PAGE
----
Air connectivity is key to the economic development of the Cairns region. It opens up new visitor markets, enables the export of agricultural produce, and promotes growth in the education sector. A daily international wide-body flight to Cairns is potentially a $200 million a year export business, with $100 million of international visitor spend, $50-$150 million of agricultural produce sales, and the potential to deliver more than 650 new jobs widely dispersed across the region.
Cairns Airport is the nation’s seventh busiest in terms of combined international and domestic passenger movements. It has historically handled around 130,000 aircraft and more than 5.2 million passenger movements per year. The airport is widely recognised as one of the most significant economic drivers in the Tropical North Queensland (TNQ) region and its facilities are critical pieces of economic infrastructure.
With limited international flights returning to Cairns in the immediate future, capturing as much domestic capacity as possible is crucial to support and re-energise the tourism sector and the local economy. The Cairns community welcomed the support of Governments in providing direct support to the airlines (Federal) and the airports (State) to assist the reintroduction of domestic services to Cairns and across the region. TNQ is seeking direct support for route marketing for secured aviation seats as part of the $40m Tourism Recovery Package.
To drive the recovery of the TNQ tourism industry and wider regional economy, it is vital that there is investment in targeted support that will drive measurable outcomes. The TNQ visitor supply chain has been damaged as a result of COVID-19, and 20 years of investment in destination marketing has been disrupted. Rebuilding the supply chain – including sourcing new products and suppliers, attracting new international airline partners, restarting international cruise ship market, and developing new international source markets – will require significant investment in destination marketing and brand building.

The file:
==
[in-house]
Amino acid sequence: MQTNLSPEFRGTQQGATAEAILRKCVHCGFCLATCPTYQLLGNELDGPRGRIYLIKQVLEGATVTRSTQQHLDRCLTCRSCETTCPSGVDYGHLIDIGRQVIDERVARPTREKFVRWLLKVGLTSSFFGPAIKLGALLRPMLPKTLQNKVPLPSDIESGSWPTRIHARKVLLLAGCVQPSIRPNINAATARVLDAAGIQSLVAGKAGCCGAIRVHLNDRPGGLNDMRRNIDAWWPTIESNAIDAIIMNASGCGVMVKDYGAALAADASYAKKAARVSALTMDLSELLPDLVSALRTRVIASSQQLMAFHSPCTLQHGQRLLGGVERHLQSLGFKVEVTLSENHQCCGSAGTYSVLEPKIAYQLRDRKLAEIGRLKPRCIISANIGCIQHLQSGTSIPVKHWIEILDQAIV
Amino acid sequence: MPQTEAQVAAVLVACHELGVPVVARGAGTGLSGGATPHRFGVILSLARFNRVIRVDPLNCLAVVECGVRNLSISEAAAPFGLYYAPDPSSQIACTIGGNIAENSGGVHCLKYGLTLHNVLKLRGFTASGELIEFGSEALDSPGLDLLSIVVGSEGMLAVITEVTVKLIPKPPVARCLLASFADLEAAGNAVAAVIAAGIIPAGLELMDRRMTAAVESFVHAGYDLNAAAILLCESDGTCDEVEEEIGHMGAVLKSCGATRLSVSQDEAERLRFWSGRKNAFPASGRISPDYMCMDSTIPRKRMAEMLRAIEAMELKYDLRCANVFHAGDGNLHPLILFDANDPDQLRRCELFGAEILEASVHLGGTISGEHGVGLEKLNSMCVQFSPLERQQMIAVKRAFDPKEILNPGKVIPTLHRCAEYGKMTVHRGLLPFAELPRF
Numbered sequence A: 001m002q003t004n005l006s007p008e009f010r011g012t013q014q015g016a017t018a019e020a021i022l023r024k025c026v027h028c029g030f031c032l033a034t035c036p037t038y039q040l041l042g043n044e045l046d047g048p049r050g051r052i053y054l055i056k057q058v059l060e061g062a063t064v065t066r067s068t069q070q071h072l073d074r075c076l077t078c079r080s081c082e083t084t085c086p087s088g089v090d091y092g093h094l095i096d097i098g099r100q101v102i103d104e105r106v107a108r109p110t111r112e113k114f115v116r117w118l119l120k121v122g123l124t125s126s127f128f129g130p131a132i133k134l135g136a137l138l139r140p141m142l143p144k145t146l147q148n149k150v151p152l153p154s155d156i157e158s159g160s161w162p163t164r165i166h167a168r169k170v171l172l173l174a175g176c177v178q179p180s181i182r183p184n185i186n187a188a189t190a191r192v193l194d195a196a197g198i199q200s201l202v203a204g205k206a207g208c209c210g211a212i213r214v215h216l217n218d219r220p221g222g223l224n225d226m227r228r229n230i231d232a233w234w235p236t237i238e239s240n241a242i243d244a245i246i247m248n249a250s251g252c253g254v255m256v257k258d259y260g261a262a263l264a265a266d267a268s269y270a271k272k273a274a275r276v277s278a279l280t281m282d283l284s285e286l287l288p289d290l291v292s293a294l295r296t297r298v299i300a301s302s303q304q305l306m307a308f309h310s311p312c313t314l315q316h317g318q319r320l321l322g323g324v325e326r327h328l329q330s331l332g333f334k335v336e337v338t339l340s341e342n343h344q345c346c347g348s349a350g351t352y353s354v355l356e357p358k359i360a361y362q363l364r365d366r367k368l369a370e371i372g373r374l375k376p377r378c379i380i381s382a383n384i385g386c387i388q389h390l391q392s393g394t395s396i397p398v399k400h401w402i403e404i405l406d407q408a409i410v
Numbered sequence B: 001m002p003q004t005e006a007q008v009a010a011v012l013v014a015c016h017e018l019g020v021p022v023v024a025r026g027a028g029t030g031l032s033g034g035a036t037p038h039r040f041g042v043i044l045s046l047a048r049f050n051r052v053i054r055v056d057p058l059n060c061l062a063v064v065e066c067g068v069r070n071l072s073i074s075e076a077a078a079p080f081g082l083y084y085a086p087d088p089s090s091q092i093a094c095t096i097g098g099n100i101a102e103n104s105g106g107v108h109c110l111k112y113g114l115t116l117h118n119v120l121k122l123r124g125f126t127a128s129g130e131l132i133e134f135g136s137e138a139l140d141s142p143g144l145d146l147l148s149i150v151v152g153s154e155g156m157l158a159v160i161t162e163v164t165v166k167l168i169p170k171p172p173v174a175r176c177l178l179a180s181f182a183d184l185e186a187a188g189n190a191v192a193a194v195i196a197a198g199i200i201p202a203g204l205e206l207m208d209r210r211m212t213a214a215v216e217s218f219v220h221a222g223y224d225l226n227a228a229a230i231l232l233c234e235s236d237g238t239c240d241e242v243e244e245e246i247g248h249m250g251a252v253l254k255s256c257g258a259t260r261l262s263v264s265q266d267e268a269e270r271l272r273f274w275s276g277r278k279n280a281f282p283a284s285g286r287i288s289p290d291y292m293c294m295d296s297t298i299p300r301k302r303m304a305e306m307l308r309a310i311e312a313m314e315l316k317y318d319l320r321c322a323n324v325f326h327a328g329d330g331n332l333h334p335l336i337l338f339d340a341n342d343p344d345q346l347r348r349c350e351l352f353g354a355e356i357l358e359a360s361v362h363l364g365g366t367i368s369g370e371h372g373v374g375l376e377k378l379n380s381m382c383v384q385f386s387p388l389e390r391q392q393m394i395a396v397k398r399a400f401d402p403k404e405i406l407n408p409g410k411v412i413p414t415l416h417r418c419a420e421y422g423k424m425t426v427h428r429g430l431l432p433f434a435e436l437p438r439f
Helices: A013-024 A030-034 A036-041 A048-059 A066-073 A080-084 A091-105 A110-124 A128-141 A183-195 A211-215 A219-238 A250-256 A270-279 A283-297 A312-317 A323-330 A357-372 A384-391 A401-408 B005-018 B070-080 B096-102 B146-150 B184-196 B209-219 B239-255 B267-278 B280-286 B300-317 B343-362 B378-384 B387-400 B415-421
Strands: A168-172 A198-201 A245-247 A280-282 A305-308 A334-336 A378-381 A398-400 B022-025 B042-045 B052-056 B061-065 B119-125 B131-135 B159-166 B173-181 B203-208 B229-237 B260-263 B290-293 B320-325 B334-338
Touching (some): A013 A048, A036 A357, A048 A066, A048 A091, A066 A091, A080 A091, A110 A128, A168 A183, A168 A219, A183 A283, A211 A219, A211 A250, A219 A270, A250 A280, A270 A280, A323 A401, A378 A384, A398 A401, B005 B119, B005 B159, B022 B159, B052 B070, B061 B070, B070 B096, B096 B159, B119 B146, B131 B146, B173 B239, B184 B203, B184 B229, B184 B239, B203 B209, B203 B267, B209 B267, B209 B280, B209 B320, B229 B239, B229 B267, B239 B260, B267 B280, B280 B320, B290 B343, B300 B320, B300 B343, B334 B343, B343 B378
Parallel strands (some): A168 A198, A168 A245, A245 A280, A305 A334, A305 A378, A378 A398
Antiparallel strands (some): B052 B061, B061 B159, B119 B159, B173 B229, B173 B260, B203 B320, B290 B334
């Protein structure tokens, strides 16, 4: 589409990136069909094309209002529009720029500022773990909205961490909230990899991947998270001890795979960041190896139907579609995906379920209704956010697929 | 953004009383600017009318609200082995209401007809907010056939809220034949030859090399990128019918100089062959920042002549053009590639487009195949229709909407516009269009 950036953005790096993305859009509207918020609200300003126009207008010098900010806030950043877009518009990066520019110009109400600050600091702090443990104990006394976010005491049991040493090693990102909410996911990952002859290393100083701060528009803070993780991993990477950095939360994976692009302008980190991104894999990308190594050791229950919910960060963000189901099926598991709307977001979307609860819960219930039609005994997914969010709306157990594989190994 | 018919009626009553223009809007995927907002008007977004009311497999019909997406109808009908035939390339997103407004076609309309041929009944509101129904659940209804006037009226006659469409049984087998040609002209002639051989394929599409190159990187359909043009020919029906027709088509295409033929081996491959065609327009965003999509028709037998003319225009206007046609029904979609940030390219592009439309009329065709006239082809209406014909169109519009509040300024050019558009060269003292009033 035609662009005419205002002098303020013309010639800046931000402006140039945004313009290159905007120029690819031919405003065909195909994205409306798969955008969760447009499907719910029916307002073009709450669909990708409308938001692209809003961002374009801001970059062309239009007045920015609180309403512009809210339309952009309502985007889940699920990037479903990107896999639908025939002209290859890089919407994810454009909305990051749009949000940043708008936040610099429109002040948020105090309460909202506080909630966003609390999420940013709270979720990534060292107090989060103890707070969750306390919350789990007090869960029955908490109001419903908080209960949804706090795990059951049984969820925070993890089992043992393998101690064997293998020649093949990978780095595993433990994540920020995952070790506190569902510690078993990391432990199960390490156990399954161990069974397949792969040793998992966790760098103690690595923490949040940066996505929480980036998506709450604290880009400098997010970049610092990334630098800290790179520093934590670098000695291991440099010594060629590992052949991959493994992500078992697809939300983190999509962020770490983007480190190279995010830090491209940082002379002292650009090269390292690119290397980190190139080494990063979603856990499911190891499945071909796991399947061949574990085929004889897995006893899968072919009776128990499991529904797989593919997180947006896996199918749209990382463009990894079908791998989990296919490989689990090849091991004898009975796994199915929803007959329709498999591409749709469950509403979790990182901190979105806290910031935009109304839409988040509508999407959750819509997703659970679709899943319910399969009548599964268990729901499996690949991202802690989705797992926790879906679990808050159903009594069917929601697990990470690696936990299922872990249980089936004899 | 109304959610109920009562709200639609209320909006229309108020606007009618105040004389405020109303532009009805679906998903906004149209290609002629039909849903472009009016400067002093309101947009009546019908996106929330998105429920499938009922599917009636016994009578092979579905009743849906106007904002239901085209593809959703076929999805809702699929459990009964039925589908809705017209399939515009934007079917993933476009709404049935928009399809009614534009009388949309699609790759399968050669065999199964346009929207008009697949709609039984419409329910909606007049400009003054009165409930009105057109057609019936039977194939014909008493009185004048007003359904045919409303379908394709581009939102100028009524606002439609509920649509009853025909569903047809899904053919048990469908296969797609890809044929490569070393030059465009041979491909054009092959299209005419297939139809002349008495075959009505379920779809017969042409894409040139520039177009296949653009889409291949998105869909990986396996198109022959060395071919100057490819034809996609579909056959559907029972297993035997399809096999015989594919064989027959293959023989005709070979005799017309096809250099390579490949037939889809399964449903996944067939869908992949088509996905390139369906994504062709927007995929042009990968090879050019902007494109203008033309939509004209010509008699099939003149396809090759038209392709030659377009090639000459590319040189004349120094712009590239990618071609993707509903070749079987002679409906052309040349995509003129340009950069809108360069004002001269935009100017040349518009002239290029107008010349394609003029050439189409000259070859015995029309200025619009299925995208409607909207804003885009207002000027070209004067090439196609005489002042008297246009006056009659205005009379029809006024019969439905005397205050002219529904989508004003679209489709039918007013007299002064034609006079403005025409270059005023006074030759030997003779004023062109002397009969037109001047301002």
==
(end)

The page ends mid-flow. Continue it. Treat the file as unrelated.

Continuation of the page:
Finally, development of a reopening pathway with timeframes would allow the industry to be able to plan for the future and give confidence to travellers and the TNQ tourism sector.
- That the Federal Government invests $40 million in funding to Tourism Tropical North Queensland (TTNQ) over three years for destination marketing to rebuild and source international markets, restart the cruise ship sector, and support domestic and international airline partners to market the secured aviation routes into the region and boost demand.
- That the State and Federal Governments provide certainty to the TNQ tourism sector and provide a detailed roadmap to reopening, with timeframes, to enable future planning and instil traveler confidence.
- Tourism and Transport Forum Australia
|STATE ELECTORATE:||All TNQ|
|FEDERAL ELECTORATE:||Leichhardt, Kennedy|